Yes, they are the same performances, but are so lush and lucid in documentation that "seeing" the event, committed music-making, and enthusiasm, considerably diminishes reservations to all but those who are already cemented in long-standing "bandwagon" biases; biases which are overdue in addressing:

The "general" rule of thumb in assessing Barenboim's art is to dismiss all the cliched, dull and, yes, inherently lazy "copying Furtwangler" crutches/accusations that so many armchair critics unimaginatively lean on and repeat like a broken record. That Barenboim has a lifelong admiration for and identification with Furtwangler's "better" performances is well known. Likewise (and less known), Barenboim holds a similarly strong identification with Klemperer, Celibidache, Walter, and Kubelik. In other words, Barenboim jumps from the Romantic diving board. He identifies with much in the German Romantic tradition, as opposed to being influenced by it. Essentially, Barenboim is, on the surface, a bit of an oxymoron: he is a post modern romantic. While his identification plane is clear, it is also eclectic and Barenboim comes up his own man.

Like Klemperer, Barenboim is not adverse to elements of modernism, and this includes his exemplary work with innovative stage directors like Harry Kupfer (Parisfal and the Ring), Doris Dorrie (Cosi),the late Patrice Chereau (Wozzeck,Tristan),and Heiner Muller (another excellent Tristan). Barenboim has also ventured into modern music with generally good results: His recent Schoenberg is superb, ranking with the likes of Karajan and Stokowski. Daniel Barenboim / West Eastern Divan Orchestra: Tchaikovsky/ Schoenberg Barenboim probably conducts Boulez better than Boulez (as he conducts Furtwangler better than Furtwangler), his Corigliano is still reference Symphony No. 1, and his occasional forays into Mahler have, on the whole, proven more interesting and sympathetic than committed Mahlerians, such as Abbado and Rattle. I include Mahler here because some attribute modernistic tenets to that composer (I am less reluctant to these days, with the exception of the 6th and 7th. Btw, Barenboim's 7th may be a reference that can compare to the likes of Scherchen, Gielen, Rosbaud, Kubelik,and Bernstein).Mahler: Symphony No. 7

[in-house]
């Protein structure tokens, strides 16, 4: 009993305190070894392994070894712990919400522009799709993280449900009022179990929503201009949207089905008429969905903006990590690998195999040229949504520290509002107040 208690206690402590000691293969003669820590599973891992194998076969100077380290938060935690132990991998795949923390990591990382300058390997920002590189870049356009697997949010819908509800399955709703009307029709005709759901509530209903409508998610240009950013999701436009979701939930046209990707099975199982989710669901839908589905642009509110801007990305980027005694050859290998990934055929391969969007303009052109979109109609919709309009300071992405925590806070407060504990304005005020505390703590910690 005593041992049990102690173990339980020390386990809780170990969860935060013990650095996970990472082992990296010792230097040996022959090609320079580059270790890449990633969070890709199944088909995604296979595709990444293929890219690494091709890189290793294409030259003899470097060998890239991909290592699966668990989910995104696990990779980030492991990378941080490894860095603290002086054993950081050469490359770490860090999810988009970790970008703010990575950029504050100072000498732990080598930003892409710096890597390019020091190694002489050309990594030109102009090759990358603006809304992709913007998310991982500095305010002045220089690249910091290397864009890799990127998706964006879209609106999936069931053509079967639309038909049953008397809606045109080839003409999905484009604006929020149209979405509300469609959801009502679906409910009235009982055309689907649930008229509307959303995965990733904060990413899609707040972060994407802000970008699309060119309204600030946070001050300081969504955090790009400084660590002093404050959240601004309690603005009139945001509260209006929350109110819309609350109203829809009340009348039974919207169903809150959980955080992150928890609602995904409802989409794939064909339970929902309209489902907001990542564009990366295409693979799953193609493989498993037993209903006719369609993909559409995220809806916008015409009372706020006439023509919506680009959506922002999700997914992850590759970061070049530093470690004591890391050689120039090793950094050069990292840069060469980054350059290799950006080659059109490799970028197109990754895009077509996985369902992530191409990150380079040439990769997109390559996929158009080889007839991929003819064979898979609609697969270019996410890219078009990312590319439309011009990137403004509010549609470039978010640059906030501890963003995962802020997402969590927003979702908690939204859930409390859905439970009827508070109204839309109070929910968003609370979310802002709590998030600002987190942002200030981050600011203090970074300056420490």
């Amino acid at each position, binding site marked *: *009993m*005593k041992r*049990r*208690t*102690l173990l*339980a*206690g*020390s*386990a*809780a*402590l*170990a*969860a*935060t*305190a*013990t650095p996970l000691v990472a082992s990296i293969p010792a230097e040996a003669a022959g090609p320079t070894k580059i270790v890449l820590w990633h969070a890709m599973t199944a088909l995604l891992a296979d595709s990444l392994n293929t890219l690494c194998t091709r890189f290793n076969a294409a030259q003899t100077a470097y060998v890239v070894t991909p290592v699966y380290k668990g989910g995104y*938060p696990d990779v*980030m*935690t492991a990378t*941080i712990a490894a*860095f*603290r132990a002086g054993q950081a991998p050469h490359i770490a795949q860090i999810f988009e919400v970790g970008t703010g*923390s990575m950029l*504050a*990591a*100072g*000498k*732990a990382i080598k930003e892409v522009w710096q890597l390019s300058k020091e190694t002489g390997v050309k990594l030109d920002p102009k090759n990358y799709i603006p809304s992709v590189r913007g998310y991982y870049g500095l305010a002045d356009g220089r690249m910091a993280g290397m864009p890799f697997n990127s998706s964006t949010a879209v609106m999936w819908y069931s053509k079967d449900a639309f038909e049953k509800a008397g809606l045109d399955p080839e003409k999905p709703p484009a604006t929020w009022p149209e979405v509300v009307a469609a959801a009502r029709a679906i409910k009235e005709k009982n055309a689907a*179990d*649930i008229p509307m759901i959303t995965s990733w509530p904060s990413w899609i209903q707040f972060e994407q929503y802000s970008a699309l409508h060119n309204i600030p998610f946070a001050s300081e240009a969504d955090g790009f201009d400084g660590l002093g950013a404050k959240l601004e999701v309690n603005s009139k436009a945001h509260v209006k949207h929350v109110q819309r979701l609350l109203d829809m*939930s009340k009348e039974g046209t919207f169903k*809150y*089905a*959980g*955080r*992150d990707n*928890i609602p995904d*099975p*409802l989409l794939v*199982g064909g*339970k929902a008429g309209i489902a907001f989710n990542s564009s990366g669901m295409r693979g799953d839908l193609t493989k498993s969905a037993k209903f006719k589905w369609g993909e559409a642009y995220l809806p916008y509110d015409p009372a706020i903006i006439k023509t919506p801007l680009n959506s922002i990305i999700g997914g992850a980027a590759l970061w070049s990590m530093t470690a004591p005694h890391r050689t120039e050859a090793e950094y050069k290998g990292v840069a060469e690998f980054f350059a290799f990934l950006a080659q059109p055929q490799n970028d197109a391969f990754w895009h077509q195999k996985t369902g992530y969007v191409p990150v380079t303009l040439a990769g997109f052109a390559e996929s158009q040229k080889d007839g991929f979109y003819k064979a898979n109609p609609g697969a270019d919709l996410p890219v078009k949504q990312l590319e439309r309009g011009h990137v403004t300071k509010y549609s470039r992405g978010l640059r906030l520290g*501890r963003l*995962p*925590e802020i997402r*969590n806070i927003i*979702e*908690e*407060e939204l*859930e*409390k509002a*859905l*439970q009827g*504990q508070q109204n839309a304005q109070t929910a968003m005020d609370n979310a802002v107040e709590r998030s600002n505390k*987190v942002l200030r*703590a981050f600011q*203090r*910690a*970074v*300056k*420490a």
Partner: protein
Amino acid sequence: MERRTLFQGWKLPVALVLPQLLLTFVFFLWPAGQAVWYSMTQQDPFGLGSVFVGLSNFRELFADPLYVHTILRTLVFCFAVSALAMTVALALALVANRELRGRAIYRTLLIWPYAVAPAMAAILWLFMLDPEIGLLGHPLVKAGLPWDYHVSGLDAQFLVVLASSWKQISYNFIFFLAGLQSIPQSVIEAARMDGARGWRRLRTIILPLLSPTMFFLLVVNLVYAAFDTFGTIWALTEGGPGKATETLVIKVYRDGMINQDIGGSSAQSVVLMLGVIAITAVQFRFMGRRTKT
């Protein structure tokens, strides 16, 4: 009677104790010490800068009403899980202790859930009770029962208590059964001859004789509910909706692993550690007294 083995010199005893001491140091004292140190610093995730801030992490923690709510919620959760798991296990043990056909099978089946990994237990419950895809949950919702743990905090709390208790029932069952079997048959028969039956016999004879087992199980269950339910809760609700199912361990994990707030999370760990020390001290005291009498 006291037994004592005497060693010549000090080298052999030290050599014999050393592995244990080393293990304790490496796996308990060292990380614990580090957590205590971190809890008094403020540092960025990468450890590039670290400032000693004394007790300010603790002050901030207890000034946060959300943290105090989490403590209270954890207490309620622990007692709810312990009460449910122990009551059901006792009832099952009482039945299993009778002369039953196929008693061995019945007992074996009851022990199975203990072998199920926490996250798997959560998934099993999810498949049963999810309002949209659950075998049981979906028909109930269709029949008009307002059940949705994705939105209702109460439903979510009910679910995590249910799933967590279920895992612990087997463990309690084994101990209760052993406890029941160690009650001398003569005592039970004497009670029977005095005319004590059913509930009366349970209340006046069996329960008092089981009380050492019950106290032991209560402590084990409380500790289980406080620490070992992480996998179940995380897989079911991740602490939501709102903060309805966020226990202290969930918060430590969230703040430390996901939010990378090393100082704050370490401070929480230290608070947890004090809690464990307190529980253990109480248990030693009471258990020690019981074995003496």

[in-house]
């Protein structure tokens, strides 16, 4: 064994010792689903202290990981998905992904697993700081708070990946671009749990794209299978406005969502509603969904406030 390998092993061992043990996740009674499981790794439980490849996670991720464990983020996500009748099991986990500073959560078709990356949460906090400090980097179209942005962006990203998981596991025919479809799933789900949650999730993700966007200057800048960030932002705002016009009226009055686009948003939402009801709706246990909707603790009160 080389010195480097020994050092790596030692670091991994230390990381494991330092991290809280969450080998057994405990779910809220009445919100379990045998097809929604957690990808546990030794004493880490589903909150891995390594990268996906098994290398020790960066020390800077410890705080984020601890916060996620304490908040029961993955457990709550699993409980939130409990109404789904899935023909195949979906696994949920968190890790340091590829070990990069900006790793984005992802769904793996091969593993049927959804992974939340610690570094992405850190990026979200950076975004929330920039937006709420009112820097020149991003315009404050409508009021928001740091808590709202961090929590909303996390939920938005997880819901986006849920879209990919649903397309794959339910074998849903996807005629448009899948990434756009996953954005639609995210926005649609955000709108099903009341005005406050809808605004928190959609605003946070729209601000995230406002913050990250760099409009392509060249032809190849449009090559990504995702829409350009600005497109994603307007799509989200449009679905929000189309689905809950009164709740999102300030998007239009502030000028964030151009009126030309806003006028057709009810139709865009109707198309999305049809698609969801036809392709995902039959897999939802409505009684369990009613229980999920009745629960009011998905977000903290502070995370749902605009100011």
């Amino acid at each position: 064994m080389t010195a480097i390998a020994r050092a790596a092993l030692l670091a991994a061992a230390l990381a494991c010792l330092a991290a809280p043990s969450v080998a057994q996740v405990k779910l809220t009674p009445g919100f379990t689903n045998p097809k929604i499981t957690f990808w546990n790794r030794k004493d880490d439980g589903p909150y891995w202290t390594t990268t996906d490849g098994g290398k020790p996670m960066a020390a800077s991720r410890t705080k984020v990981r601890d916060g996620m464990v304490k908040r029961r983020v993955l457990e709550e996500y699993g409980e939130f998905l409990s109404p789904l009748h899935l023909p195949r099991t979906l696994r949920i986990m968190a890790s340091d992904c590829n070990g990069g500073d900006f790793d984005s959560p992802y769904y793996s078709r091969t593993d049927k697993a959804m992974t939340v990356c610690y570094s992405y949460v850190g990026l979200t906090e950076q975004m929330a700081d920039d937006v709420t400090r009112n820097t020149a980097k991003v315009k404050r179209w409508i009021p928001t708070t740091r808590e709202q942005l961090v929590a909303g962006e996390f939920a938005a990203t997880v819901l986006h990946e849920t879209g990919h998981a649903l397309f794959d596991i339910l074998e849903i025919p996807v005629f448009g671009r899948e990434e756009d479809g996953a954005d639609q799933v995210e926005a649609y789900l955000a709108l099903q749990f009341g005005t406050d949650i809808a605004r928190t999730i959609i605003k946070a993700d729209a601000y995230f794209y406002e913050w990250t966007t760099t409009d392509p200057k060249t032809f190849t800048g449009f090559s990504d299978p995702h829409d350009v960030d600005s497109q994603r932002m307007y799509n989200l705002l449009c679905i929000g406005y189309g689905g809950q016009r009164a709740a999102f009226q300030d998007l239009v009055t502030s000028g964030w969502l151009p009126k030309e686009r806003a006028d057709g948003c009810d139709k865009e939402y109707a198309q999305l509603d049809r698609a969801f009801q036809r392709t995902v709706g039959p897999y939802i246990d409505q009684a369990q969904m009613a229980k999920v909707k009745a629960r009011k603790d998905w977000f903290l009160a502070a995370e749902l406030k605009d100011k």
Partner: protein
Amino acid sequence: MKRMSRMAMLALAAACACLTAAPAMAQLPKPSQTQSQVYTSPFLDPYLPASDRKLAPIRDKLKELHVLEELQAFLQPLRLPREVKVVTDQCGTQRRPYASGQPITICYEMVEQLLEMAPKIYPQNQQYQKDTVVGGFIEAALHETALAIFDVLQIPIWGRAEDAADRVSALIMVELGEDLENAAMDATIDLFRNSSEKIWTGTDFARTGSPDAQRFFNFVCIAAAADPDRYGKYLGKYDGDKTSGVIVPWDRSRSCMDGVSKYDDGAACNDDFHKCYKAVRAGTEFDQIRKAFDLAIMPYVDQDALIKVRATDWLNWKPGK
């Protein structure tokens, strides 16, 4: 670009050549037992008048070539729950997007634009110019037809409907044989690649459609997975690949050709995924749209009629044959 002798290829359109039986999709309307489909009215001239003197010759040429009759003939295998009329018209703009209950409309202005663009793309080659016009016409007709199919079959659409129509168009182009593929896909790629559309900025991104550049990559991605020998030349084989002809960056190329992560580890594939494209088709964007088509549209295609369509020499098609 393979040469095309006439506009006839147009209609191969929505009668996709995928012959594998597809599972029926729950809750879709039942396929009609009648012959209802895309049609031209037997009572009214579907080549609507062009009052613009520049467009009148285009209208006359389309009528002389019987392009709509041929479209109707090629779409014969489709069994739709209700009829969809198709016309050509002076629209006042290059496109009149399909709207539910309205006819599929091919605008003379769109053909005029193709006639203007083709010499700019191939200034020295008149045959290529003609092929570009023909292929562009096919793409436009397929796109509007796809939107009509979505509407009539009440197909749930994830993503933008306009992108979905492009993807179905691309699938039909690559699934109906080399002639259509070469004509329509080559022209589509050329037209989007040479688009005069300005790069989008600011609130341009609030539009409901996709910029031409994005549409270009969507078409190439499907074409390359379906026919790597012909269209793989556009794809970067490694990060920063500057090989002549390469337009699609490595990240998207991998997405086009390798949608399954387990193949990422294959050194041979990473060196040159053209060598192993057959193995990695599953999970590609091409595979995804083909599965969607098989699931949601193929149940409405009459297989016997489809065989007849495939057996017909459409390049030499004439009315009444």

Less consistent is Barenboim's handling of French music, although he is an excellent DebussianEntre Quatre Z Yeux [DVD] [2010] [Region 1] [US Import] [NTSC] , and has long devotion to both tango music and jazz. Mi Buenos Aires QueridoTribute to Ellington

In an eclectic repertoire, Barenboim proves himself far more able and versatile than those he is often compared to (always to his disadvantage), but It does not end there. While Barenboim is an inconsistent artist (as all conductors are), his musicianship is consummate. Unevenness aside, in his commonly grounded German repertoire (mainly Beethoven, Wagner, and Bruckner) he proves himself a better conductor and more uniformly inspired than either Furtwangler or Klemperer (although R. Strauss and the Brahms symphonies strangely elude Barenboim).

While Furtwangler's Eroica and Choral are wholly deserving of their reputations, his various Fifths are a wildly uneven lot and the remaining symphonies, while generally good, have been bettered numerous times over, past and present (Barenboim being among those who have bested the master).

Barenboim's Wagner, while occasionally plagued by the dearth of good Wagnerian singers, is excellently conducted and, again, that excellence is far more consistent than Furtwangler (Although Furtwangler's Legge-produced Tristan and the wretched-sounding La Scala Ring are still performance references).

Furtwangler's Bruckner rep is well-deserved, but he had his clunkers (the mostly limpid '54 Eighth and wreck of a '51 Fifth). Additionally, Furtwangler, being a technophobe, immeasurably hurt his recorded legacy, as did Toscanini (and there were other conductors, during the period, who were insightfully committed to better sounding recordings).

Barenboim's excellence in Mozart, Tchaikovsky and Schumann (although, again, uneven) have rendered inefficient and are preferable to the bulk of Furtwangler's way with those composers. Similar comparisons could be made between Barenboim and Klemperer, Celibidache, et al.

The much missed, erudite musicologist Harold C. Schonberg (NY Times) was among those who, early on, rightly called out the "Copying Furtwangler" robotic catcalls as "ill-informed and sloppy listening" (this being in assessment of both Barenboim's conducting and pianistic skills). David Hurwitz is among the newer crop of critics who echo Schonberg.

Of course, it doesn't matter what Hurwitz or Schonberg write, those married to their pre-exisiting, tedious biases will still choose to pour over Barenboim's idiosyncrasies like a fundamentalist scrutinizes over every single line from their bible. This is their limitation and while I have immense admiration for that priest; Furtwangler, I have not canonized him. It appears to do so obscures and hinders an even-handed embrace of an authentic and original, contemporary, romantic tradition.
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Beethoven For All: The Symphonies
Beethoven For All: The Symphonies by Daniel Barenboim (Audio CD - 2012)